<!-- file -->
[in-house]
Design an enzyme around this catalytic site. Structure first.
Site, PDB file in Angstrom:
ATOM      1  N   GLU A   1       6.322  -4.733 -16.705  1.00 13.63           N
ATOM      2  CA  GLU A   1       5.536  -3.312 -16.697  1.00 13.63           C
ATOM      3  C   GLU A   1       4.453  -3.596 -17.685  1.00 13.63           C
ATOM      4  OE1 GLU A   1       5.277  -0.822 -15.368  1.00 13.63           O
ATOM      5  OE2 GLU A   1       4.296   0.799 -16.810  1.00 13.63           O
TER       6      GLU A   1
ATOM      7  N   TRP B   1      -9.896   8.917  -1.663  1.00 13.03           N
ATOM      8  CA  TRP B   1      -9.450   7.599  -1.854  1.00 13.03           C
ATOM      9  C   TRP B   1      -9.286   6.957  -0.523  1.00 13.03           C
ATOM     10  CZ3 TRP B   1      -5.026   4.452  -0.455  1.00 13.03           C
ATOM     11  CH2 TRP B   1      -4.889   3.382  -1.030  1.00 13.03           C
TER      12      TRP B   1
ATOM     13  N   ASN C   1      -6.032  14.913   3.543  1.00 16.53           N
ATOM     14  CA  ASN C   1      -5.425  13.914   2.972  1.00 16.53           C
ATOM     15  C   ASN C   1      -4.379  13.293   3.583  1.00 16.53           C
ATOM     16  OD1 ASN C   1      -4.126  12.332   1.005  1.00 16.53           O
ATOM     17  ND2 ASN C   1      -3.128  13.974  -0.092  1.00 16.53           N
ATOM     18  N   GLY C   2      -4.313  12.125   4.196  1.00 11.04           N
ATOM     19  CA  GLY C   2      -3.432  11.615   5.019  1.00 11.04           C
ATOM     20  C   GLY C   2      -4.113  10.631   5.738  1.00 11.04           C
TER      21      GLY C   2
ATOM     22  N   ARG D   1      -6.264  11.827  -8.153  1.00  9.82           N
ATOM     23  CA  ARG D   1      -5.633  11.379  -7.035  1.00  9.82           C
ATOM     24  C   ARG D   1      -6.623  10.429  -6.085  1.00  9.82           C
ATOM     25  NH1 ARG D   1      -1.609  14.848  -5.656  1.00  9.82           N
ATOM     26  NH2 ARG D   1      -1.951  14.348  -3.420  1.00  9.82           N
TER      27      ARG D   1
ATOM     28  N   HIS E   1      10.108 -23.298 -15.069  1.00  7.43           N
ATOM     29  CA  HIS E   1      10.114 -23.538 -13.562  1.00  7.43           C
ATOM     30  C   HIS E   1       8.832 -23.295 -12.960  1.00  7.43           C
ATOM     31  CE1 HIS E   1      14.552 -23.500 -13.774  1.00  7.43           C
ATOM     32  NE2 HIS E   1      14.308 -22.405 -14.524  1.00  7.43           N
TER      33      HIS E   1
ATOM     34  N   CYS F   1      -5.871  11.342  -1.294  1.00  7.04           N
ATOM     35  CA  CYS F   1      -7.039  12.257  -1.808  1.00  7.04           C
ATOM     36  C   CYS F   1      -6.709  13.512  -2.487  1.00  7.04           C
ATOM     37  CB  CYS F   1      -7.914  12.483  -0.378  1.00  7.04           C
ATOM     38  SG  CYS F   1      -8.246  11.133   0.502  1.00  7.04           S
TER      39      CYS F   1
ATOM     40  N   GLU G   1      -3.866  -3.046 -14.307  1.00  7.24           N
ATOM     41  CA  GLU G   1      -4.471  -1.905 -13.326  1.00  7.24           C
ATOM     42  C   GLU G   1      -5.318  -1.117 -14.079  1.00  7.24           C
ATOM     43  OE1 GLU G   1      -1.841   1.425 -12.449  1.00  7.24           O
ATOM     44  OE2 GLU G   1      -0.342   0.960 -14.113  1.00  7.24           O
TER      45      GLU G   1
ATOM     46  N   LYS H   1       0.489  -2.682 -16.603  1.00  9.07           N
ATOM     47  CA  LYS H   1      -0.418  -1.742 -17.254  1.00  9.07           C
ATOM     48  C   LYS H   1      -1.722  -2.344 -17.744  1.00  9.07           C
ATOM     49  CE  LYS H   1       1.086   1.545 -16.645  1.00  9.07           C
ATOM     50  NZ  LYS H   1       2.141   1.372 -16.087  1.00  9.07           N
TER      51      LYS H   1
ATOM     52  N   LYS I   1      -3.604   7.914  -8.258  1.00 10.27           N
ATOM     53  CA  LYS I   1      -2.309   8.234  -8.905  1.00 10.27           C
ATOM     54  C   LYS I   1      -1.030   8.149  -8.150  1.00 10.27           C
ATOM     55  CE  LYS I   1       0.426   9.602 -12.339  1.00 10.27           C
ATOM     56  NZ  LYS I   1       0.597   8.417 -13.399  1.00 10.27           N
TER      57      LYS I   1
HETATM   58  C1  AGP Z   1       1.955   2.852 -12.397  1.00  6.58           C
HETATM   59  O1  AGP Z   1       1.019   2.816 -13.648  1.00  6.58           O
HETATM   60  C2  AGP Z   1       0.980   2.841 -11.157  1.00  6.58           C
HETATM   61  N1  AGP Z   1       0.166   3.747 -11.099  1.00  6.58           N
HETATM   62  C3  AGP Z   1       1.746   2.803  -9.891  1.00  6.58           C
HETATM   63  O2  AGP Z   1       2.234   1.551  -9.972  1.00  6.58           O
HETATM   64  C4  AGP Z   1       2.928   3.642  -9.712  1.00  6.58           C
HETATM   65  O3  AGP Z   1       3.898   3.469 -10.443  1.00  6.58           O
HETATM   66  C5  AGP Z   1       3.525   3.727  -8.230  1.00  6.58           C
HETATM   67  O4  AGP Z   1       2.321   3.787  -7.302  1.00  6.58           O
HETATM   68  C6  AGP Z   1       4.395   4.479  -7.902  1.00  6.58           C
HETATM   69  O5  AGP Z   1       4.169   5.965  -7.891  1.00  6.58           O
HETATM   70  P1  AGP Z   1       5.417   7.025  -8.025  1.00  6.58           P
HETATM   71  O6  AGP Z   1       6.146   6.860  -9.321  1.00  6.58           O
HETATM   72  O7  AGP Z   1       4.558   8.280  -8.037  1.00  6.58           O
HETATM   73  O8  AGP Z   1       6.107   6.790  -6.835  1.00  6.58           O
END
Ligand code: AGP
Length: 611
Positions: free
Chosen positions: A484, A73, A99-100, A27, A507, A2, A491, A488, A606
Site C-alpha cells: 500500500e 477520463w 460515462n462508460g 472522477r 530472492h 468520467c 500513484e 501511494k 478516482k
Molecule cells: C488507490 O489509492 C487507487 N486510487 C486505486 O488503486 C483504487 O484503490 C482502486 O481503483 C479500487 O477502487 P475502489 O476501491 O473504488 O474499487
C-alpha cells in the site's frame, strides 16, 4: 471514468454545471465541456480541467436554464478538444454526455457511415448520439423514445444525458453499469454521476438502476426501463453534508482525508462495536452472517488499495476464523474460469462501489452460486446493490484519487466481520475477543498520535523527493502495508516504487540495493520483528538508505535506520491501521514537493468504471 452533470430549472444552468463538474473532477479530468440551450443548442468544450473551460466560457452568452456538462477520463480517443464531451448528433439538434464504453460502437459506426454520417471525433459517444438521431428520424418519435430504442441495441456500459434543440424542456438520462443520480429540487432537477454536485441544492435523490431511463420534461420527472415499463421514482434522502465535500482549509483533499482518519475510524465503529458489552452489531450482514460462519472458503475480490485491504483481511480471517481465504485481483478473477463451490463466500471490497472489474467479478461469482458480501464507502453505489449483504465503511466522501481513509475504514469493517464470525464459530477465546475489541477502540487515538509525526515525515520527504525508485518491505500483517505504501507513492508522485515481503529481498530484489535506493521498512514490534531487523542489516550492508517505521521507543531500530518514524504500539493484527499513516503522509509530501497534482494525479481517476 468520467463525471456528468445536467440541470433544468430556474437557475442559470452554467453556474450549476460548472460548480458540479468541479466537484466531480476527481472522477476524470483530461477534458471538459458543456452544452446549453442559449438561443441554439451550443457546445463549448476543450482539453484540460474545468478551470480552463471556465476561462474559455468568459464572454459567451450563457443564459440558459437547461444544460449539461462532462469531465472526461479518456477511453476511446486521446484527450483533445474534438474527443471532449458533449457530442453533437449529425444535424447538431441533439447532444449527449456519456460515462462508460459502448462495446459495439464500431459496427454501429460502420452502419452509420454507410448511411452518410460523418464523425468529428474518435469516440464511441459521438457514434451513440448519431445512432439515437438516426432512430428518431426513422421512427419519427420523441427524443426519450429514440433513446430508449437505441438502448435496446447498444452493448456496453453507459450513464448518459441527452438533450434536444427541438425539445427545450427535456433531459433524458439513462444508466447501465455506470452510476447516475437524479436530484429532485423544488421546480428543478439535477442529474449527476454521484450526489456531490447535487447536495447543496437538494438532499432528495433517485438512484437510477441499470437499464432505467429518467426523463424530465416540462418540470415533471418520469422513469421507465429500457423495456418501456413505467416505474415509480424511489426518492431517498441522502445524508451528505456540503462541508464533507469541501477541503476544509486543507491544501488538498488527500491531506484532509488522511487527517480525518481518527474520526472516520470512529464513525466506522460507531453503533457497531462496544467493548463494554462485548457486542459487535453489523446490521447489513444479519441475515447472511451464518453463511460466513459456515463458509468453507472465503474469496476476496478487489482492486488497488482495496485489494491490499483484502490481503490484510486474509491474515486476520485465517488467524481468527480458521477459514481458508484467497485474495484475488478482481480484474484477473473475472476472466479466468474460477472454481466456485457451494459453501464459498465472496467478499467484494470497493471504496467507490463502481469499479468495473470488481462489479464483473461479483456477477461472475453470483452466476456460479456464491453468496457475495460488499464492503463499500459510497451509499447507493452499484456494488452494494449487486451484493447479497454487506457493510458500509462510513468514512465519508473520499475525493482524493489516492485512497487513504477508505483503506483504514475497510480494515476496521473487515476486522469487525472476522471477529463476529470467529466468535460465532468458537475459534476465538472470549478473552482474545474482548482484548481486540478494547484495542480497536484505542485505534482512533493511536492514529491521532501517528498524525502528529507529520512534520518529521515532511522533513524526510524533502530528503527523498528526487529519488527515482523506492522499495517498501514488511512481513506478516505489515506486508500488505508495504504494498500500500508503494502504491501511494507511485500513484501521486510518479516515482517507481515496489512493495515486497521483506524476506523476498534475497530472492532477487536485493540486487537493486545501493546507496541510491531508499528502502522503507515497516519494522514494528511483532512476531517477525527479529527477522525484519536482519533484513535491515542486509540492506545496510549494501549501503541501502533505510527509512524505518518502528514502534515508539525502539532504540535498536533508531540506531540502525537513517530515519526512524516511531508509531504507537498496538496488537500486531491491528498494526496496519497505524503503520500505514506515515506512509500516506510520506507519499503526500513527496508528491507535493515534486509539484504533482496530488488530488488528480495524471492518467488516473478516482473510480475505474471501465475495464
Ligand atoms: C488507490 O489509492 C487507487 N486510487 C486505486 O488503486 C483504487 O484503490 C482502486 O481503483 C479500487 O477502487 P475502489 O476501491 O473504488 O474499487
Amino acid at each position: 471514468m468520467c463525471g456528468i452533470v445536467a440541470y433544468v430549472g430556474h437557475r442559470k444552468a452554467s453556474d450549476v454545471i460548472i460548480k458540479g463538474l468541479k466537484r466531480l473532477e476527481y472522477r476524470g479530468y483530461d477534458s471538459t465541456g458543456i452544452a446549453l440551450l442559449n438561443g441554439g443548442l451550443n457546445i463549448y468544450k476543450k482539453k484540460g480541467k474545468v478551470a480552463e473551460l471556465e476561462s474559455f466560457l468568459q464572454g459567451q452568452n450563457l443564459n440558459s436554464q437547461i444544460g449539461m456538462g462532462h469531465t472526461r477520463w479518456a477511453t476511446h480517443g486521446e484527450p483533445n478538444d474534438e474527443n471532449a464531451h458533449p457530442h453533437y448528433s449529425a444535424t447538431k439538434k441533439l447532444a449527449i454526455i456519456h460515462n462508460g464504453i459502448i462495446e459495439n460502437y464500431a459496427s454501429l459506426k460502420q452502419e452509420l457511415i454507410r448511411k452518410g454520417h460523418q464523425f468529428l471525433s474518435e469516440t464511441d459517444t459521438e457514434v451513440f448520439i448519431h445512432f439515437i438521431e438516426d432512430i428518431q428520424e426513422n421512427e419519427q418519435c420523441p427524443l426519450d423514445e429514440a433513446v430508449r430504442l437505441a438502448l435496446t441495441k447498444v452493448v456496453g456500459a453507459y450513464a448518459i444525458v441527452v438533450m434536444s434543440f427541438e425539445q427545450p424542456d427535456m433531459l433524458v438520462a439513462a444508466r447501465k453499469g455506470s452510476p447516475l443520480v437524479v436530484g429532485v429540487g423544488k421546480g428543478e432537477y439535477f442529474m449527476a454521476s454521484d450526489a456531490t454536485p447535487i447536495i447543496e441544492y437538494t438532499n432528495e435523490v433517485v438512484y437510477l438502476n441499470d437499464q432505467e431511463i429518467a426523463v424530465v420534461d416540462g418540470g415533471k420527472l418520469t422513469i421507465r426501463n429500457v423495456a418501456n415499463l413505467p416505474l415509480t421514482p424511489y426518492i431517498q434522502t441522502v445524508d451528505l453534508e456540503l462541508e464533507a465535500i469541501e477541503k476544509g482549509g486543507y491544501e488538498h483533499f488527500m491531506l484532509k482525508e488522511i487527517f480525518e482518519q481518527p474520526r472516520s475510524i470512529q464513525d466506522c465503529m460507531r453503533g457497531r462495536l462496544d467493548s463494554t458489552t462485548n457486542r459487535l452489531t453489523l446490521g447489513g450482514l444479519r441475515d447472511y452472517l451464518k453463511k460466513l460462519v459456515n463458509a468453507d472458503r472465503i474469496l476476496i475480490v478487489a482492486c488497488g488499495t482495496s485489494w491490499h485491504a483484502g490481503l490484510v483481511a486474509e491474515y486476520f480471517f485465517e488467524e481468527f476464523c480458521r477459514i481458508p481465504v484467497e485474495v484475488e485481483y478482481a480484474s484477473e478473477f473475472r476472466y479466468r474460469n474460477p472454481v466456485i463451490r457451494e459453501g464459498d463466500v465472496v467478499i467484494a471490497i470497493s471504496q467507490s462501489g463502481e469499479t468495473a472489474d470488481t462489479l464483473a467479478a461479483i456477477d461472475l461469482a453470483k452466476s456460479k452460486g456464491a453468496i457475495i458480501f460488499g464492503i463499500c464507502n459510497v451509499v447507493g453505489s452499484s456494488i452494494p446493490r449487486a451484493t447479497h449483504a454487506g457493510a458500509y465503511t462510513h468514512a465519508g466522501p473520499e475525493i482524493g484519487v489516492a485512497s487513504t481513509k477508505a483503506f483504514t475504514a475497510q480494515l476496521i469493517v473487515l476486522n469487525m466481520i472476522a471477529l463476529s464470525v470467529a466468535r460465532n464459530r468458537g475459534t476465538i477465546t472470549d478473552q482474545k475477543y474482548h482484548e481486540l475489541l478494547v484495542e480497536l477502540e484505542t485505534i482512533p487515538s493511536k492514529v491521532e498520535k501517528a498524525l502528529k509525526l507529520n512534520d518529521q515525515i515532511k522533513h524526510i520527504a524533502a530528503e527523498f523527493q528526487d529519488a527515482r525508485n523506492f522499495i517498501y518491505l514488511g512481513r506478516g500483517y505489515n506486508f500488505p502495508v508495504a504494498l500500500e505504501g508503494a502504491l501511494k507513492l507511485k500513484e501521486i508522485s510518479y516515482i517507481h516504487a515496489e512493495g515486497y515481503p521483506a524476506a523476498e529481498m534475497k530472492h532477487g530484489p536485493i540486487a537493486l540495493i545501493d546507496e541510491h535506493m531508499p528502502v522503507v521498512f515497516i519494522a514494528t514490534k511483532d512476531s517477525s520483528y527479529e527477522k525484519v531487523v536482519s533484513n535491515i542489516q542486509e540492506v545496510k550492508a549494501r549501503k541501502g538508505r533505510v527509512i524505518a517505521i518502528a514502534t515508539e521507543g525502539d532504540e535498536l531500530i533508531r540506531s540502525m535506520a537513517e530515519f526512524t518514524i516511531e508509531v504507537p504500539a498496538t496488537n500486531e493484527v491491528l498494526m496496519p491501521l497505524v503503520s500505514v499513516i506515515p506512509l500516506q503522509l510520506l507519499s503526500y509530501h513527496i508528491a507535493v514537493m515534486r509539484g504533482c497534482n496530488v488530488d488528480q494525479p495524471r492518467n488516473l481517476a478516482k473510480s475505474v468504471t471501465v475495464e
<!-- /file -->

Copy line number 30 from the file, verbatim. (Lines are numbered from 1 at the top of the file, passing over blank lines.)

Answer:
TER      27      ARG D   1